Black Bear Saloon, Dutch Shultz, A Plastic Rose
It feels somewhat like a renaissance for Two Step at the moment, with a stream of extraordinarily well attended gigs this year. There has been much talk of a 'Golden Age' for Northern Irish music at the moment, and one only need look as far as the Limelight for proof of this. Scorching gigs which leave their mark upon your brain, and a filled to the brim club night, proving that there is a thirst for music in Northern Irish audiences at the moment.
Tonight is no exception, with Black Bear Saloon storming the stage with their burly, aggressive brand of rock and roll. Frontman Aaron Abernethy cuts an impressive figure upon the stage, living out the anger and emotion of the songs, whilst somehow managing to communicate an easygoing demeanour to the audience. Despite having several show-stopping songs, there are moments in the set where an unkind person may level the term 'filler' at them, a situation one can only hope that they resolve in the near future. And given the fury exhibited on stage this evening, this would not appear to be a vain hope.
In the recent past, Dutch Shultz courted controversy by recreating the video for their single, 'It bends in the Middle', which featured the talents of Northern Ireland's premier exponents of pole-based exercise, Polersize. Pole dancers, that is. This time around, they are shorn of such distractions, and are left to rest upon their own merits. However, from the opening chords blasted out from Willy Mundel's guitar, 'rest' is something these boys will not be doing tonight. Dutch Shultz have captured that elusive combination of power and melody, not quite sounding like an out and out RAWK band, but simultaneously sounding unlike any 'pop' band you've ever heard. These songs could sit easily on FM radio, but have enough guts to make themselves heard. In a set filled with huge choruses and massive riffs, 'It Bends in the Middle' stands out as an absolute highlight, the spectacle of these three men on stage somehow not enough to conjure the incredible noise created by the song. In an ideal world, radios would be blasting out these songs day and night.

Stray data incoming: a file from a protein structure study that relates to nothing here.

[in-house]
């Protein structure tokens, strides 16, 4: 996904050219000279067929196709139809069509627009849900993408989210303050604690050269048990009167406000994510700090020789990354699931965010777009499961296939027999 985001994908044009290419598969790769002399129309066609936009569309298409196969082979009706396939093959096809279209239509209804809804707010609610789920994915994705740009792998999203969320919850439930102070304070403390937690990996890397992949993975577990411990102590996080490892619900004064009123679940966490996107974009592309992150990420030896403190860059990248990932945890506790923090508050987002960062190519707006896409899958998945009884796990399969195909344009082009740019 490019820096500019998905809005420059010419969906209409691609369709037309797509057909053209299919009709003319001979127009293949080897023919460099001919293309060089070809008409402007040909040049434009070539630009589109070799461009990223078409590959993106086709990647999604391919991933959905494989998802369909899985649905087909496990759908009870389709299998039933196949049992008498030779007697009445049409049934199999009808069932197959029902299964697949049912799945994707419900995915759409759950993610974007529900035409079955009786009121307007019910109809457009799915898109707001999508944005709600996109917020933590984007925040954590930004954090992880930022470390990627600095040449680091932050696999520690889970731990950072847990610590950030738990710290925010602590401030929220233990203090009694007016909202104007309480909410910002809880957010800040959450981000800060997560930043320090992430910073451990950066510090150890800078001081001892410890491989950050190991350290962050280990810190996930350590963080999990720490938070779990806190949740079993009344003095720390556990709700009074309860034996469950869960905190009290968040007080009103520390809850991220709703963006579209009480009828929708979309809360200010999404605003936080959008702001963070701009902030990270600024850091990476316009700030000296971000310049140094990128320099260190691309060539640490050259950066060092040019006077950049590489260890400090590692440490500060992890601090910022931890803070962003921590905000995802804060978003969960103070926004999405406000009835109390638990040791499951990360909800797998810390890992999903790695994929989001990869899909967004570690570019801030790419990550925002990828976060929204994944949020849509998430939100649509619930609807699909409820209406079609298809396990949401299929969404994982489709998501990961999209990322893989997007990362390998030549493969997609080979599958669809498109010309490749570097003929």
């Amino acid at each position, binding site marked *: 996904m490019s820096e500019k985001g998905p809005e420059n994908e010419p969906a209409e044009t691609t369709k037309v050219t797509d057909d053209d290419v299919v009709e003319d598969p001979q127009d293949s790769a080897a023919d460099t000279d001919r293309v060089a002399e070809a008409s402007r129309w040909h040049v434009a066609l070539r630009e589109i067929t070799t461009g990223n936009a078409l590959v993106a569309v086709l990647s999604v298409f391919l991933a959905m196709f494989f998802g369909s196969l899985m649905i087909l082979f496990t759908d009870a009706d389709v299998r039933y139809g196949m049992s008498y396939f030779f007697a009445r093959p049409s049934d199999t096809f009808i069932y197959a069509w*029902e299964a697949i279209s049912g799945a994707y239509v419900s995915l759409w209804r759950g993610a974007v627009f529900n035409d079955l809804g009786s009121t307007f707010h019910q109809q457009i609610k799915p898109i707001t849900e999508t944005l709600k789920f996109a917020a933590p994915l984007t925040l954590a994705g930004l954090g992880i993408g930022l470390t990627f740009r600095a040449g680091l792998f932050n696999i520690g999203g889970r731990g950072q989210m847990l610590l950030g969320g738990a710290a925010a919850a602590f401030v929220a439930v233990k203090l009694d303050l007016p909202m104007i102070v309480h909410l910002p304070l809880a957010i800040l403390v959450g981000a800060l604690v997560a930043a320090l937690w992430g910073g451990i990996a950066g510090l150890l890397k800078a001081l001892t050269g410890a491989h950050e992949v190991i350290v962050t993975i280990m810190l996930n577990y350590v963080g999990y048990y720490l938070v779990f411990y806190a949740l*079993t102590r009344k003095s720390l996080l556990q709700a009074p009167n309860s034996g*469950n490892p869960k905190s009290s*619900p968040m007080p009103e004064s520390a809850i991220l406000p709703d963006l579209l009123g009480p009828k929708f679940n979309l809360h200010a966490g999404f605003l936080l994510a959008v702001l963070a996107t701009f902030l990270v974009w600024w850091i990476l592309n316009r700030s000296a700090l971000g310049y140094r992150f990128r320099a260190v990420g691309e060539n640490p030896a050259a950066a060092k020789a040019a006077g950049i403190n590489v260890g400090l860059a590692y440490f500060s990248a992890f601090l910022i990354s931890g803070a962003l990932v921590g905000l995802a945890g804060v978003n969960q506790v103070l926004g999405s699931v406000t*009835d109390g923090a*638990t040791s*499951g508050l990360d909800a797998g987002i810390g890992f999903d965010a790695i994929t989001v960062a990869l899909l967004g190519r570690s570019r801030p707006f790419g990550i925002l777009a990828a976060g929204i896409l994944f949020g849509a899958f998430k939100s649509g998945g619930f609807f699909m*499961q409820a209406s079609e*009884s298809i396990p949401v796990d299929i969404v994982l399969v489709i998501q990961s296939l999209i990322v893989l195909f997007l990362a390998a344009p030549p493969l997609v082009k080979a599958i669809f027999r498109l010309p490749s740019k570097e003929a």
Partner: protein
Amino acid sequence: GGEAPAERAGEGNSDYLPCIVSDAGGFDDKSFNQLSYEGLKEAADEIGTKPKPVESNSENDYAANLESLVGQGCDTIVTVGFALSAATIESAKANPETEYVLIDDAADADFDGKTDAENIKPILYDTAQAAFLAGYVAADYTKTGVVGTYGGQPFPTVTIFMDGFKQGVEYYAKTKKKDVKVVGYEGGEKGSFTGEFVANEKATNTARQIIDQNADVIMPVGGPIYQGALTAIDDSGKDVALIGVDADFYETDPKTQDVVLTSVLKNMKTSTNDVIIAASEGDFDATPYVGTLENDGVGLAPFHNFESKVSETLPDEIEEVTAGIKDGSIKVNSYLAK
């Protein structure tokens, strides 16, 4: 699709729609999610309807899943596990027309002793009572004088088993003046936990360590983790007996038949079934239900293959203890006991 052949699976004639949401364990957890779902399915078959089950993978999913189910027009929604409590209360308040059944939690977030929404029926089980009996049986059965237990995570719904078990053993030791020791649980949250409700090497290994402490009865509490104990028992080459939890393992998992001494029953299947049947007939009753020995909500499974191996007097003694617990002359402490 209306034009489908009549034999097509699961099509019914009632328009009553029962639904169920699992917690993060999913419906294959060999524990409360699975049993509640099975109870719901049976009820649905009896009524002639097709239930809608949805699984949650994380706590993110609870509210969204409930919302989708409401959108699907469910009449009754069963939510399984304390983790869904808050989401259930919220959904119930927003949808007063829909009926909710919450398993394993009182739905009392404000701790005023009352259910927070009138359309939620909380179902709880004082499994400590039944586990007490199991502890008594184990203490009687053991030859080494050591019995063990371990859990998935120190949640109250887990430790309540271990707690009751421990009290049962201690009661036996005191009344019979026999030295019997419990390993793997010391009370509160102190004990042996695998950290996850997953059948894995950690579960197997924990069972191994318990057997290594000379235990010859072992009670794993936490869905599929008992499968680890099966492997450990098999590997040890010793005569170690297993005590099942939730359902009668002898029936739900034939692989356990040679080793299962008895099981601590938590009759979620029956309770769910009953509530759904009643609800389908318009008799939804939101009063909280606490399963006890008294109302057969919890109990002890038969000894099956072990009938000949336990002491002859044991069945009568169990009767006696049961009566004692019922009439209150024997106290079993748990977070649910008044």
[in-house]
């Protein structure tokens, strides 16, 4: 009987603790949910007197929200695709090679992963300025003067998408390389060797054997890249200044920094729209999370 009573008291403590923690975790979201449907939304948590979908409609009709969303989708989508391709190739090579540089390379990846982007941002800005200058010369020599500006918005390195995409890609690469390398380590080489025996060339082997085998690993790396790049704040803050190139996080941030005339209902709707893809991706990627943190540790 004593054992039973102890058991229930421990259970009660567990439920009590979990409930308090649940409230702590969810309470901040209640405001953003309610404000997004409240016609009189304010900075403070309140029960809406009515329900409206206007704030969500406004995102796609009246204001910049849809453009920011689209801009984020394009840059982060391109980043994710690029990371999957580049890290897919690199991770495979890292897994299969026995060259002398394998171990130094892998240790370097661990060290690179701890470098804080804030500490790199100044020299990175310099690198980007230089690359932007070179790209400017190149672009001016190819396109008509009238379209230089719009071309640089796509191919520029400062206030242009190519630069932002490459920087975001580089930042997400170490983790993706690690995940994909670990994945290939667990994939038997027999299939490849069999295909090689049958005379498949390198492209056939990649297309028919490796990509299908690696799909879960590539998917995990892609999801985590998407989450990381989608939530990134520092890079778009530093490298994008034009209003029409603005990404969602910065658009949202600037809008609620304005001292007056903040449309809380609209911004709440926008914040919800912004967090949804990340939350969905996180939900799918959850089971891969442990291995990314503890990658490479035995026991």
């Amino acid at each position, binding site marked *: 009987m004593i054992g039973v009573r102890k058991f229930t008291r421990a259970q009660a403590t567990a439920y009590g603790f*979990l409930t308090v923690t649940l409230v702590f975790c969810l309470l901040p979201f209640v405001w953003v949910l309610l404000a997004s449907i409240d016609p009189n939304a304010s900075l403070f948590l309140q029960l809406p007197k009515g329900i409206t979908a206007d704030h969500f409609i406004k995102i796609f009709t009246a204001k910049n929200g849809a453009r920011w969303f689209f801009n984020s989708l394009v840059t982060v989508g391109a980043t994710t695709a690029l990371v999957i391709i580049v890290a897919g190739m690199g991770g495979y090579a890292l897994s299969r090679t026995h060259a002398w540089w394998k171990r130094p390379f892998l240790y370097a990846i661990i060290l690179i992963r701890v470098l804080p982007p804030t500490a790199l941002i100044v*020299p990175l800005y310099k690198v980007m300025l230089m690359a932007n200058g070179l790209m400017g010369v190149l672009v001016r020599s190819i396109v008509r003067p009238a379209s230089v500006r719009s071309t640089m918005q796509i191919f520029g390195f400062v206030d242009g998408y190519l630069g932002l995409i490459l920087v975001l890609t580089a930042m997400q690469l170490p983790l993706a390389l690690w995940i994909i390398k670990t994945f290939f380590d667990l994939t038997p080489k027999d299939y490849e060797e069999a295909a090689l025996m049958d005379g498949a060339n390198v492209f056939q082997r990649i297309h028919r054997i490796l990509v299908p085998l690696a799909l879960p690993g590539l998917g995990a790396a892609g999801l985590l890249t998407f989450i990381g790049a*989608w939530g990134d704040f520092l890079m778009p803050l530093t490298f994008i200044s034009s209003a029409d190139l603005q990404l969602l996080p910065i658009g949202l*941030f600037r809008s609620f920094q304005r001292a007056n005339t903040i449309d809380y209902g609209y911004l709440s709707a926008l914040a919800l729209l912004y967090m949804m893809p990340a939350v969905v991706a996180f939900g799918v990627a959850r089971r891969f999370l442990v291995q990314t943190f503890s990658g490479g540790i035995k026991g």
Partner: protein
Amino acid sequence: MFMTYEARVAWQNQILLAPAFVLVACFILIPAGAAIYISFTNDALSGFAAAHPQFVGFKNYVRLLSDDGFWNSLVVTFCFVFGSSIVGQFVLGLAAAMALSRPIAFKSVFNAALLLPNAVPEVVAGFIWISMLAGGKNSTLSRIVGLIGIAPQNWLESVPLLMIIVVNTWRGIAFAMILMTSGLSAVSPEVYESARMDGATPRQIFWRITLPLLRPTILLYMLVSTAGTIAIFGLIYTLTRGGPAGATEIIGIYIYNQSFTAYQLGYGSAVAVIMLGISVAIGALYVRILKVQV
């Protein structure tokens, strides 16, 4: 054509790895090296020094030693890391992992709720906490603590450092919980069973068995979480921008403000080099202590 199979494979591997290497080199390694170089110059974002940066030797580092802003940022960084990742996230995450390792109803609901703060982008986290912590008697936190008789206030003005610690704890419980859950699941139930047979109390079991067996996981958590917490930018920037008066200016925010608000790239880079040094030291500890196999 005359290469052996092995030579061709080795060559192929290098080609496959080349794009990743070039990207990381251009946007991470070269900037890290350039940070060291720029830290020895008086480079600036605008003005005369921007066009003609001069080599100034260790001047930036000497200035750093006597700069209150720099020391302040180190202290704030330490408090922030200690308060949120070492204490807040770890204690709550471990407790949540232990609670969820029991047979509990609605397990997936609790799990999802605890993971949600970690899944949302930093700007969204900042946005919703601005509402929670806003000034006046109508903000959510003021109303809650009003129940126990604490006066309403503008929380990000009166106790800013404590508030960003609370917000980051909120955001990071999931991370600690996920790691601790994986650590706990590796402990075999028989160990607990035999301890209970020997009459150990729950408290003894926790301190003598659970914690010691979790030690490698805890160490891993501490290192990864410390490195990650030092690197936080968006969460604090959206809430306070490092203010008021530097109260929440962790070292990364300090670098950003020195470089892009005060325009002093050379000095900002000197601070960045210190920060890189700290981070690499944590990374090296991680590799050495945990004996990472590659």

By this point, the audience have been whipped into such a fervour that all A Plastic Rose need to do is come on stage and say, "Hello." Thankfully, they do so much more, with Gerry Norman tapping into his innate ability to become the consummate showman. Over the course of the last year, A Plastic Rose have evolved from one of those acts that one might to describe as "interesting", to a genuinely motivating force on the local scene. Tirelessly grasping every opportunity and draining everything they possibly can out of it, this is a band born to be on the stage, viewing the live performance as their God given right. There are few bands in the country who can engage an audience like this, and the crowd give as much back as they can. Every song sounds like an anthem, every moment an event. By the end, 'Kids' blasts out of the speakers and we are taken to another place. This is absolutely essential music.
And then it's over. One wonders who long we can maintain this sort of standard for what was once sneeringly referred to as a local gig. Looking around, perhaps we needn't worry.
Words: Steven Rainey